The reason I did not do this in the actual example above is that showing two different ways to traverse in the same example seemed a bit excessive! I preferred instead to use a single method, twice, that is universal and works everywhere, rather than by starting off with a technique that does not work for most kinds of Python object.

Providing Links To Other Objects

What if the object you are wrapping can return other objects to which the user might want to navigate?

Imagine the possibilities: a filesystem object you are presenting on the web might be able to return the files inside of it; a genealogical application might have person objects that can return their spouse, children, or grandparents. In the example we are working on here, a Natural object can return both the previous and the next number; wouldn't it be nice to give the users links to them?

If in a page template you naively ask your Grok view for the URL of a transient object, you will be disappointed. Grok does know the URL of the object to which the user has just navigated, because, well, it's just navigated there, so adding this near the bottom of your should work just fine:

This page lives at: <b tal:content="python: view.url(context)">url</b><br>

But if you rewrite your template so that it tries asking for the URL of any other object, the result will be a minor explosion. Try adding this to your file:

Next number: <b tal:content="python: view.url(">url</b><br>

and try reloading the page. On the command line, your application will return the exception:

TypeError: There isn't enough context to get URL information.
This is probably due to a bug in setting up location information.

Do you see the problem? Because this new Natural object does not live inside of the ZopeDB, Grok cannot guess the URL at which you intend it to live. In order to provide this information, it is best to call a Zope function called locate() that marks as object as belonging inside of a particular container. To get the chance to do this magic, you'll have to avoid calling Natural.previous and directly from your page template. Instead, provide your view with two new properties that will grab the previous and next attributes off of the Natural object which is your current context, and then perform the required modification before returning them:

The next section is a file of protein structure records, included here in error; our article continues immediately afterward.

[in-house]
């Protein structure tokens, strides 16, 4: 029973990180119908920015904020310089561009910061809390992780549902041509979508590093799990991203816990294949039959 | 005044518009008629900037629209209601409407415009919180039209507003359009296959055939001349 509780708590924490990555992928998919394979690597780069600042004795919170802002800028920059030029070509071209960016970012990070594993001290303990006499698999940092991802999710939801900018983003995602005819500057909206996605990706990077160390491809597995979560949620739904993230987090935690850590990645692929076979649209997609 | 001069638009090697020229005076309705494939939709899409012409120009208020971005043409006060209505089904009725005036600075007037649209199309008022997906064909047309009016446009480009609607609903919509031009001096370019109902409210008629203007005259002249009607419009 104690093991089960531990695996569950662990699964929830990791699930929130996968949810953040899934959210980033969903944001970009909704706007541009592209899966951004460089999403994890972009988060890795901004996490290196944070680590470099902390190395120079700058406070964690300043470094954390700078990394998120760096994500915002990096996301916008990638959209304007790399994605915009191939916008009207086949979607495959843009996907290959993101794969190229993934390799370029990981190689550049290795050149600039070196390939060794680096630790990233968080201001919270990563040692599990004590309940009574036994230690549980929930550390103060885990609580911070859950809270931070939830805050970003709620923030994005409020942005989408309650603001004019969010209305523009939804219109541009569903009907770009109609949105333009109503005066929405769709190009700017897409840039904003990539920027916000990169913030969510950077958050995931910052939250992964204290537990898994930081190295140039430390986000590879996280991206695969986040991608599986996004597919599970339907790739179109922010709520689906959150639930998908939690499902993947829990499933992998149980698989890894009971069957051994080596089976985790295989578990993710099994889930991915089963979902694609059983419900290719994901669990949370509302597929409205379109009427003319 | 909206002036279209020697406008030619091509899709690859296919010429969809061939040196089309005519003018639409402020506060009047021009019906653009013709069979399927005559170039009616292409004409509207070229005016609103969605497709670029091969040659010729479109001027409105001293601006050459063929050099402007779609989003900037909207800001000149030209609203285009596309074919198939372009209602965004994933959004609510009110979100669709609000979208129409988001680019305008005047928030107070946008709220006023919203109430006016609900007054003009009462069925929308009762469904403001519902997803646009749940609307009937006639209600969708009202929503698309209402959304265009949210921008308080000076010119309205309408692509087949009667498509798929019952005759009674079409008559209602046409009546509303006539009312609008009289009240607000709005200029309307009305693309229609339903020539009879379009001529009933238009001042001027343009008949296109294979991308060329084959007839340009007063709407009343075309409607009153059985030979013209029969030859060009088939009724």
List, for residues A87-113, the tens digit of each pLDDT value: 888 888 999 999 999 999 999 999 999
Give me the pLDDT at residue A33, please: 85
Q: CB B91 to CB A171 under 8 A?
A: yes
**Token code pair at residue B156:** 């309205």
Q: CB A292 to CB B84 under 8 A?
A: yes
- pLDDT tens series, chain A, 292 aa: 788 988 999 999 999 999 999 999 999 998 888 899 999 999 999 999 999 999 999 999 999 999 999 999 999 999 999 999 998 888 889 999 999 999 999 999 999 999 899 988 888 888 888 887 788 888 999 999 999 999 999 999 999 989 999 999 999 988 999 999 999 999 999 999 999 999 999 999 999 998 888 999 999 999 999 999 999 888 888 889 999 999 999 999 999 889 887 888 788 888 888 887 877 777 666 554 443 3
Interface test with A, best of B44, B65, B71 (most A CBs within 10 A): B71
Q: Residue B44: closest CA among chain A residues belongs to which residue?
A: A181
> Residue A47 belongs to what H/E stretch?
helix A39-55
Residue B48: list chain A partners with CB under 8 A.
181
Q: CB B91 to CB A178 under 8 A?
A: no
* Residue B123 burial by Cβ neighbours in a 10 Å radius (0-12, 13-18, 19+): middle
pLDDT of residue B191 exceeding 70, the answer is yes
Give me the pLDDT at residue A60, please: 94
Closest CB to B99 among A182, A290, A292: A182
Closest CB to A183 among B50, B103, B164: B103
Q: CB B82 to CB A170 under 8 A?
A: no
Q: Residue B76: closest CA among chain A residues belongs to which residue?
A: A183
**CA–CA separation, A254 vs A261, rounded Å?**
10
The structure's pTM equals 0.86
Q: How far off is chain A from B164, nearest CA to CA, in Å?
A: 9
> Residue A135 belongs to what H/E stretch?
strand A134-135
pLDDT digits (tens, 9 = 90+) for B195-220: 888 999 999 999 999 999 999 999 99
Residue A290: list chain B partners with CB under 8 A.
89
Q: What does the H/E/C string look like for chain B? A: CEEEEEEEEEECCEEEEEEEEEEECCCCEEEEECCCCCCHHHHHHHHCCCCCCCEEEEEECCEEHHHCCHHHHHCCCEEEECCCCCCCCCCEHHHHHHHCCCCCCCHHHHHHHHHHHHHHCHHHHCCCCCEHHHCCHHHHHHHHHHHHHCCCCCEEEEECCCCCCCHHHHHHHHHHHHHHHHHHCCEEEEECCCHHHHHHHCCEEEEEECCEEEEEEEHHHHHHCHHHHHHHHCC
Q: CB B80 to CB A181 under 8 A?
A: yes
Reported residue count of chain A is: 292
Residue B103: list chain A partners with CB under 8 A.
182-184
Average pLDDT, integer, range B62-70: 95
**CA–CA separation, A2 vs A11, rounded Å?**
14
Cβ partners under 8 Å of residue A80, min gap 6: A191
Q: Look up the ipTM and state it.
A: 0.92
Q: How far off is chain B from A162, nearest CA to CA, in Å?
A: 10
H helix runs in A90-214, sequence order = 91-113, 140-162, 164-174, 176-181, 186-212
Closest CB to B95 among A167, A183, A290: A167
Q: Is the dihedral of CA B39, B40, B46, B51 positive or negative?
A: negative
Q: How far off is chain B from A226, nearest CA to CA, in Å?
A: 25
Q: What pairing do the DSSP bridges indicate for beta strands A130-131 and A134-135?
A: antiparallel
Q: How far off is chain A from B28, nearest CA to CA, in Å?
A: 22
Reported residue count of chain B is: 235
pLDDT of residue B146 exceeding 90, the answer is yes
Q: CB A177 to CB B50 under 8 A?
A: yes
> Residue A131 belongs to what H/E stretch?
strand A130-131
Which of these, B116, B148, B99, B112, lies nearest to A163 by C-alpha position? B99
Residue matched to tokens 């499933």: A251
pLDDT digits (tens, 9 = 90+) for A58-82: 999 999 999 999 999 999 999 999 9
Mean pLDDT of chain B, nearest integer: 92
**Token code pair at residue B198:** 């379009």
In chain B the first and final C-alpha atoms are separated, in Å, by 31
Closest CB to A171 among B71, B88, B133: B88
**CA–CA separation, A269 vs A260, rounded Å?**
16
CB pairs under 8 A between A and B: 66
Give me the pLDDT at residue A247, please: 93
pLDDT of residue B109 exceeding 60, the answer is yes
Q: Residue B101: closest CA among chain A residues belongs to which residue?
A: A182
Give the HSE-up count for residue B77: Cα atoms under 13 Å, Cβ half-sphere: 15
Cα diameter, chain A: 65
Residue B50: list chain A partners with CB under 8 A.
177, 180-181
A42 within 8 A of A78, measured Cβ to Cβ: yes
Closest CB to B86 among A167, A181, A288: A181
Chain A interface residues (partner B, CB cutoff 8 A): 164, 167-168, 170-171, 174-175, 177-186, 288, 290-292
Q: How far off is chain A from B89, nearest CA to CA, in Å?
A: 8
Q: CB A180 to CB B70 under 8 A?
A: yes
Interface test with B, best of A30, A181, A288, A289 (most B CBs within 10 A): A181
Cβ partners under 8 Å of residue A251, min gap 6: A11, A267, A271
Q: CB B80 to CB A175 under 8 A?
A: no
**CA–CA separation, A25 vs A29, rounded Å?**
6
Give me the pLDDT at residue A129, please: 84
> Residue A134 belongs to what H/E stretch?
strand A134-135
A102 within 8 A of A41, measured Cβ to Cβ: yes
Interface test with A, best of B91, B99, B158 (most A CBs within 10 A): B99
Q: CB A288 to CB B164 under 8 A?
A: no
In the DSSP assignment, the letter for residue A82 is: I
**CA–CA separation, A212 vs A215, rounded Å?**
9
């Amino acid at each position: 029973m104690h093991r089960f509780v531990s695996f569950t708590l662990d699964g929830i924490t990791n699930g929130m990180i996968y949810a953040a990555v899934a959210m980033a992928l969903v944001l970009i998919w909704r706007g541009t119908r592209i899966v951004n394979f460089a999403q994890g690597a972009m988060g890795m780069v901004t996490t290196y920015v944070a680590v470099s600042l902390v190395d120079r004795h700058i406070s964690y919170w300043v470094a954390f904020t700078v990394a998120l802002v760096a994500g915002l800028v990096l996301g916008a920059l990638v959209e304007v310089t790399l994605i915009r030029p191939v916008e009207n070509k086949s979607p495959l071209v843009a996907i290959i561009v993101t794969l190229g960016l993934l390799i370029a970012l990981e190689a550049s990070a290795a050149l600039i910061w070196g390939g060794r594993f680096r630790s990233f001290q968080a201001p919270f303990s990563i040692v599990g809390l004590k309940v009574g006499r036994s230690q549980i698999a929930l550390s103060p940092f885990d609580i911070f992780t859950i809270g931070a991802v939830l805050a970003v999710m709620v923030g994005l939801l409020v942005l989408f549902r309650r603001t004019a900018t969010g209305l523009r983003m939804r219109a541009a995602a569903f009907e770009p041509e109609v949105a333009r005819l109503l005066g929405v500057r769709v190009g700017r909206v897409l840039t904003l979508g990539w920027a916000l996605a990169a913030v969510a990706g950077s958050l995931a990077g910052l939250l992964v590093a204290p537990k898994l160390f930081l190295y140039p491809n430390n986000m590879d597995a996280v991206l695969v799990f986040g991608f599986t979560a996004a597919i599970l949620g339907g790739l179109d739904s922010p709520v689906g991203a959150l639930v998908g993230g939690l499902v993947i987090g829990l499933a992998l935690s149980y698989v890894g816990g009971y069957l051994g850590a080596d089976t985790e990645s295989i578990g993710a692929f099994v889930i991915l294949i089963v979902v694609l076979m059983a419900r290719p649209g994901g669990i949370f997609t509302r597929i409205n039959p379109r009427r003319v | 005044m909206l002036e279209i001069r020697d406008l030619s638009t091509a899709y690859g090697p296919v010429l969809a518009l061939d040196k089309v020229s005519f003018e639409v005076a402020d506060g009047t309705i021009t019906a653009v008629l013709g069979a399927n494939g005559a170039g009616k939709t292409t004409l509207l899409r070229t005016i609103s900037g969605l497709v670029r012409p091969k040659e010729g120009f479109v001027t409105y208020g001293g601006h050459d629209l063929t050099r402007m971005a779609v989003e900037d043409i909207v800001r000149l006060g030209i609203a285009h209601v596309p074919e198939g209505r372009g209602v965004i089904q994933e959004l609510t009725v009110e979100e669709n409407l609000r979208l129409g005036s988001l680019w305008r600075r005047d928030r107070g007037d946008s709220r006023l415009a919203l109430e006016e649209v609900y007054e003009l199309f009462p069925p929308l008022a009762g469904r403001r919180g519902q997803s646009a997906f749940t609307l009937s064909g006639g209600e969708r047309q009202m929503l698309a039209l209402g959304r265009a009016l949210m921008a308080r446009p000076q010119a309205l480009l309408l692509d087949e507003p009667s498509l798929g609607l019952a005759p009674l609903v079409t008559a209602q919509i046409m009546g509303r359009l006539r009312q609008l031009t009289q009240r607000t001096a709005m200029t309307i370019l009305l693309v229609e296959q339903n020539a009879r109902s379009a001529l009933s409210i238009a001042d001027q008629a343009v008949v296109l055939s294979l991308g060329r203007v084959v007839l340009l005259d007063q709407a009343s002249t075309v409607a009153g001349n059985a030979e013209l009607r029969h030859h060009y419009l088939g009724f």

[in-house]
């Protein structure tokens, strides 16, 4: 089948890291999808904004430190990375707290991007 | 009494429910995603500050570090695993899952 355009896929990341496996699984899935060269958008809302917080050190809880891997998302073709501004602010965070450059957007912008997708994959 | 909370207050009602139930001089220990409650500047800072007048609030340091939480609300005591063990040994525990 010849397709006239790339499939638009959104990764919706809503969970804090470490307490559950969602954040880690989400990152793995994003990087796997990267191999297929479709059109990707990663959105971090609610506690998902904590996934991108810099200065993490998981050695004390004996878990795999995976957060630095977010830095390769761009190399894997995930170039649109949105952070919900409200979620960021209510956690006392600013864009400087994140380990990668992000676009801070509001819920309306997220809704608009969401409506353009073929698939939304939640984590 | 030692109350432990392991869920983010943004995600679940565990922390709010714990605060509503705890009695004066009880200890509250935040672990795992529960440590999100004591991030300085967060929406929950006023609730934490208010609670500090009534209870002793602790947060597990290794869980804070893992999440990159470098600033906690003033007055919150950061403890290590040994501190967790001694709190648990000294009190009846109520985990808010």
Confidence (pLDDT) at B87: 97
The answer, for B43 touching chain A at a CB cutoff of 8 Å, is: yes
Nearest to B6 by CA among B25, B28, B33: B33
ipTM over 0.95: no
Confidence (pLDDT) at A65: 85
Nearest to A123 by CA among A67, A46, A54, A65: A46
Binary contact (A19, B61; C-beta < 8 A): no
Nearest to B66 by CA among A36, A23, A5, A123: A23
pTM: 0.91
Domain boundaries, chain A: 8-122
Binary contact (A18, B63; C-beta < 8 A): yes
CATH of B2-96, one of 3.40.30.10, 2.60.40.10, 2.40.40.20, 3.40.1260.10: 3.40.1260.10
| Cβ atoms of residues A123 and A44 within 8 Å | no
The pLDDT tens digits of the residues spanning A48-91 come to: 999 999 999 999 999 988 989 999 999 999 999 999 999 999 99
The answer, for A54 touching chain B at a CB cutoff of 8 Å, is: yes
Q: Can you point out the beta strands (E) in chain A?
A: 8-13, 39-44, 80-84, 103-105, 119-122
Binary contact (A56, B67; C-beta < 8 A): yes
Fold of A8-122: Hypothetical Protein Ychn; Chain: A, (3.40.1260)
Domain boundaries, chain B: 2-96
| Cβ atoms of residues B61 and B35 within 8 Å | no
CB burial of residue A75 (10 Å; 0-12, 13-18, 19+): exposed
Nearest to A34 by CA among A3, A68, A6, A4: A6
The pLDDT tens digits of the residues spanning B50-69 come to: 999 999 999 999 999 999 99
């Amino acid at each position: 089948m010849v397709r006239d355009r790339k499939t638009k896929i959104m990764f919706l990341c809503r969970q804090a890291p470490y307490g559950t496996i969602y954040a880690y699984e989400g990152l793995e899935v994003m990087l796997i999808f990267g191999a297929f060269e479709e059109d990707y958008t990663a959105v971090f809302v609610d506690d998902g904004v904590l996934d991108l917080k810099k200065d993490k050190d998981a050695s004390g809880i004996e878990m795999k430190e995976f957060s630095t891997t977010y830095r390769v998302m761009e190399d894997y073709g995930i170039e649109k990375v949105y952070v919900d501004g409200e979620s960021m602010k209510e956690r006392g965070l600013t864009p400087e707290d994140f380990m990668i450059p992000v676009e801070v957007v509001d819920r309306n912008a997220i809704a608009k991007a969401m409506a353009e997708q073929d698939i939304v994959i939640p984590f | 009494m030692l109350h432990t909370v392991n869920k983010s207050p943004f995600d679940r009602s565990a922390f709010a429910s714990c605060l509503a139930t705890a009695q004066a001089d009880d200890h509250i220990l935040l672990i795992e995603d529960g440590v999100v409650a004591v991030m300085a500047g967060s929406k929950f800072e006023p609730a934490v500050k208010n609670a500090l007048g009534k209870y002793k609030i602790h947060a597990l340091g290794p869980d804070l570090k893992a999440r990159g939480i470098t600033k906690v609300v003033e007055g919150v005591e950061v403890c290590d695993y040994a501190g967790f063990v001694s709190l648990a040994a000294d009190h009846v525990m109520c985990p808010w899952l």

class NaturalIndex(grok.View):


    def previous(self):
        if getattr(self.context, 'previous', None):
            n = self.context.previous
            traverser = BaseTraverser(grok.getSite(), None)
            parent = traverser.publishTraverse(None, 'natural')
            return zope.location.location.located(n, parent, str(n))

    def next(self):
        n =
        traverser = BaseTraverser(grok.getSite(), None)
        parent = traverser.publishTraverse(None, 'natural')
        return zope.location.location.located(n, parent, str(n))

This forces upon your objects enough information that Zope can determine their URL — it will believe that they live inside of the object named by the URL /app/natural (or whatever other name you use in the PublishTraverse call). With the above in place, you can add these links to the bottom of your and they should work just fine:

<tal:if tal:condition="view/previous">